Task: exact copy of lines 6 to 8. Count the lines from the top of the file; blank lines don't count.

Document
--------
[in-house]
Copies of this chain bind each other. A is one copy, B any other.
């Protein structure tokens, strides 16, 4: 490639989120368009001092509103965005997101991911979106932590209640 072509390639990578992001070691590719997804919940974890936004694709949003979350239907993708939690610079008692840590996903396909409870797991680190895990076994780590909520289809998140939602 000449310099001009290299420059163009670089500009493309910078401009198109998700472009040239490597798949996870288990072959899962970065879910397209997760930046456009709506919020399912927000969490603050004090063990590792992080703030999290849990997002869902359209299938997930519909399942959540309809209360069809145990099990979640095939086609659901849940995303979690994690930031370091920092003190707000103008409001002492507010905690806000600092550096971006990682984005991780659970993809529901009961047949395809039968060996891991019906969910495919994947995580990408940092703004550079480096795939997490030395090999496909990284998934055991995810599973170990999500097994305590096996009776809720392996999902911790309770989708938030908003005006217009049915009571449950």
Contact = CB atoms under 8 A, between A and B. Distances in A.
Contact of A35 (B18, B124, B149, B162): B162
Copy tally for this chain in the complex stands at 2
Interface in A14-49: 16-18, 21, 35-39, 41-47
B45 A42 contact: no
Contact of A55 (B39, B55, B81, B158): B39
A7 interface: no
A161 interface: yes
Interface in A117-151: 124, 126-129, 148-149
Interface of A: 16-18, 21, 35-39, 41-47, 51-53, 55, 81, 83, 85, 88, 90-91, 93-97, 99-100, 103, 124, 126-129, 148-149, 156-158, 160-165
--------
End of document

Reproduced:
Copy tally for this chain in the complex stands at 2
Interface in A14-49: 16-18, 21, 35-39, 41-47
B45 A42 contact: no